Florida Sen. Rubio cites case of jailed opposition leader in latest push for sanctions on Venezuelan leaders

 

McClatchy Washington Bureau

U.S. Sen. Marco Rubio, a Florida Republican who has been pushing the Obama administration to impose targeted sanctions on individuals committing human rights violations in Venezuela, flagged the recent case of jailed opposition leader Leopoldo López in a letter to the president.

López’s wife made a public plea to U.S. and international leaders this week, saying her husband had been jailed on trumped-up charges by what she called the weak and frightened regime of President Nicolas Maduro. Lilian Tintori spoke at the National Press Club in Washington on Monday.

López is the former mayor of Chacao, a part of greater Caracas. He was a rising star in the opposition ranks and seen as a presidential contender when he was banned from politics by late President Hugo Chávez in 2008. His arrest after a February protest was the beginning of wider crackdown on the opposition, and his trial is scheduled to continue this week.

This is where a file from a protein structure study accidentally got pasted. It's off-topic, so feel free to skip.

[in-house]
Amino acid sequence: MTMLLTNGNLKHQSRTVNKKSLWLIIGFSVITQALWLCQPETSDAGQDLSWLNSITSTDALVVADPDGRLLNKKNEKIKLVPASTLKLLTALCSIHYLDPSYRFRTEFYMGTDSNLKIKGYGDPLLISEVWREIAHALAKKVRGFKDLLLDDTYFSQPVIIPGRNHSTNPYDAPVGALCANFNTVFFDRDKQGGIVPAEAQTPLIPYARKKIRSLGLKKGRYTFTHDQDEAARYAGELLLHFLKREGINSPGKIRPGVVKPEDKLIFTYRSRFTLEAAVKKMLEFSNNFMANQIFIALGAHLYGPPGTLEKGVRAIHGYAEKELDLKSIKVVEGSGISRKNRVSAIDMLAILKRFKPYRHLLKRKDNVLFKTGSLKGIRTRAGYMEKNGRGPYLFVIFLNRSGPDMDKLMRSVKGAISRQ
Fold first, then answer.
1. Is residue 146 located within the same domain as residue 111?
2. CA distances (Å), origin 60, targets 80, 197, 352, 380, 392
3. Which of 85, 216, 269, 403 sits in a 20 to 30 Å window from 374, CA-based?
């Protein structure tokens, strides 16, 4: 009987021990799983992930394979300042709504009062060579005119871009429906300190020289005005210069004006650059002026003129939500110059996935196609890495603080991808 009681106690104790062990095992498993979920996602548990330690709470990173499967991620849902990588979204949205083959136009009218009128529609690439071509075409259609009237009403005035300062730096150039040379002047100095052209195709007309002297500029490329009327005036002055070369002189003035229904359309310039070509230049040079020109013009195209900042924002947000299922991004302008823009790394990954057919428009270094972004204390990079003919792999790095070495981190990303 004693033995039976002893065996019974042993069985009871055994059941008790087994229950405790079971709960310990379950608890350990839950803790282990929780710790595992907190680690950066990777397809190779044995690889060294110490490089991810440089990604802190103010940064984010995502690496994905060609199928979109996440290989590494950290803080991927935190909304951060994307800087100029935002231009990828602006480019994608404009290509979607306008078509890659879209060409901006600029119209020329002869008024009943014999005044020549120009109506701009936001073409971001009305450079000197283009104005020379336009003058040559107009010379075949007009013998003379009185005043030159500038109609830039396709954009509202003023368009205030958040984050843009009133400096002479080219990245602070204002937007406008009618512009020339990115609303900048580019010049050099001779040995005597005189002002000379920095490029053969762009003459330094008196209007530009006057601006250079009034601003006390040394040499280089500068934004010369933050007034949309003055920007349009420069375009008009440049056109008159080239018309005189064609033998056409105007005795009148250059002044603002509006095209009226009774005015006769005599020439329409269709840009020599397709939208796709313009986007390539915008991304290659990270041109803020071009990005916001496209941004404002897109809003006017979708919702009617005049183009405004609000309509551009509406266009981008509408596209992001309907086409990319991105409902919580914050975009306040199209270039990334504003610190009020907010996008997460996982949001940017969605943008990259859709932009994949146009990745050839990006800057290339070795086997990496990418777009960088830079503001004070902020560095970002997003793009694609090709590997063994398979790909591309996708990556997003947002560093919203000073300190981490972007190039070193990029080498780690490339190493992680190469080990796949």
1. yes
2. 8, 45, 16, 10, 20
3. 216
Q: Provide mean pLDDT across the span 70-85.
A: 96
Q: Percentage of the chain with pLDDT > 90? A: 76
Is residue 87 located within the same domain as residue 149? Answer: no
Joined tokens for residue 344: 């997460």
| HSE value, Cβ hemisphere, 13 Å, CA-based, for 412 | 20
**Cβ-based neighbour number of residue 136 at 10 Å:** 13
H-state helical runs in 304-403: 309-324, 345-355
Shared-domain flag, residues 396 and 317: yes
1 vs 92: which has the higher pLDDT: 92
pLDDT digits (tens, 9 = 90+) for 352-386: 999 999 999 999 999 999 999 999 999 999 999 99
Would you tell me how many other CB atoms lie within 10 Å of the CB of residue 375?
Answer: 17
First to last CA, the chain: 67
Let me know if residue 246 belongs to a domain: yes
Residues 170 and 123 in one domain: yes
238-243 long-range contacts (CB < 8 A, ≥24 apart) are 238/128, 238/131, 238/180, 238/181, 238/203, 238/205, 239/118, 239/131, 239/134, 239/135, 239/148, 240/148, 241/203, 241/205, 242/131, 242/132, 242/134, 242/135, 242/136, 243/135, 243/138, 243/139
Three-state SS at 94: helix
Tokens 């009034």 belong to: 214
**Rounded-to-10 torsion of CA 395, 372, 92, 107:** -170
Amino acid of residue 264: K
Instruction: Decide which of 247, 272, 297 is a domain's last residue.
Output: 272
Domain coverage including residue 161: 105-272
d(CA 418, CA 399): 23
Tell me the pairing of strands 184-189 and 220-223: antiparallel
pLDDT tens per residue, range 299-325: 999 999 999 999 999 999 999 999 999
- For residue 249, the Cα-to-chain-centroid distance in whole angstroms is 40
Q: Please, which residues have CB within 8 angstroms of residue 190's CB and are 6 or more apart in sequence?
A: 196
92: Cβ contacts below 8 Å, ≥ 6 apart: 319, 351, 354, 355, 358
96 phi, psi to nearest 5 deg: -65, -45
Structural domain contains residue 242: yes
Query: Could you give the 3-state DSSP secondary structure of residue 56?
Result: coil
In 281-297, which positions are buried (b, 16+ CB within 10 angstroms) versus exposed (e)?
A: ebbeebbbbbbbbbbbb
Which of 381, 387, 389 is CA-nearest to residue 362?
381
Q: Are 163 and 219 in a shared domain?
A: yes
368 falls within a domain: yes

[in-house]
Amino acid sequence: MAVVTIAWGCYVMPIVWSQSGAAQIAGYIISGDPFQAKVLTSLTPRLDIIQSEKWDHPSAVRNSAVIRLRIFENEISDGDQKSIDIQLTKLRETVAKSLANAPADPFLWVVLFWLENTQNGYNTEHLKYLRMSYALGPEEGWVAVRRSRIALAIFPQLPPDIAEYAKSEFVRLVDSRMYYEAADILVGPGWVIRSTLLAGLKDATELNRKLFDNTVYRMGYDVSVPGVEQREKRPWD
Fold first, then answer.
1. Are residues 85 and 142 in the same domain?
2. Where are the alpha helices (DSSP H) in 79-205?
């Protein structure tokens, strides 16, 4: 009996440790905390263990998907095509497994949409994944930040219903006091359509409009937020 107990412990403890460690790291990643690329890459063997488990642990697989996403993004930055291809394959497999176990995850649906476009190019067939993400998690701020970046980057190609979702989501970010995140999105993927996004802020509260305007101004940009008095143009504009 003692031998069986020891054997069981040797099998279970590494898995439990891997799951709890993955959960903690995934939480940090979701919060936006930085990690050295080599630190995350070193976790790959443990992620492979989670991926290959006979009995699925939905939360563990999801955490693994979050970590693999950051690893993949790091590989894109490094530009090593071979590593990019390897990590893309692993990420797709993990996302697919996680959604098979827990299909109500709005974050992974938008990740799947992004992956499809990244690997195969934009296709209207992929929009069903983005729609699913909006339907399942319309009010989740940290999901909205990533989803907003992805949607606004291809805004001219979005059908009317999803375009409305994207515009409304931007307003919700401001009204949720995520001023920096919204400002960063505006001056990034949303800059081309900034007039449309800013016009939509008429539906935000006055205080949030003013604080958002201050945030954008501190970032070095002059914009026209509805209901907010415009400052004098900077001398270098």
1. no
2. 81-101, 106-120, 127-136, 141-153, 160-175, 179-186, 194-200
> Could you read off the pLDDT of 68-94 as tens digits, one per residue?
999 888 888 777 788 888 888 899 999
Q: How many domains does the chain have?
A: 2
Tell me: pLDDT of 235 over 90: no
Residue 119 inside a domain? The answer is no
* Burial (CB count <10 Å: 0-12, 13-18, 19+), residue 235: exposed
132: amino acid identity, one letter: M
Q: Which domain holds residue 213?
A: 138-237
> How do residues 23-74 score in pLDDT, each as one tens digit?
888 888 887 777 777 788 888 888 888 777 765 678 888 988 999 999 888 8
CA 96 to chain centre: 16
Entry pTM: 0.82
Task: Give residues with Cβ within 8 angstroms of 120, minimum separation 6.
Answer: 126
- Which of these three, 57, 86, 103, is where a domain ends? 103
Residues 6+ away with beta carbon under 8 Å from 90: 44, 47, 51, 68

Since February, Venezuelans protesting Maduro’s regime have been met with often-brutal state-sanctioned violence that’s resulted in deaths, detentions and torture, according to political leaders and human rights observers. U.S. politicians from both parties have urged the Obama administration to intervene more forcefully to help mitigate the violence, but the administration has taken a more cautious approach, saying it doesn’t want to make the situation worse.

In his letter to President Barack Obama, Rubio wrote: “Sadly, Maduro's persecution of Mr. Lopez is emblematic of his regime's methods to cling to power... For these blatant violations of basic human rights, not a single Venezuelan official has paid a price.”

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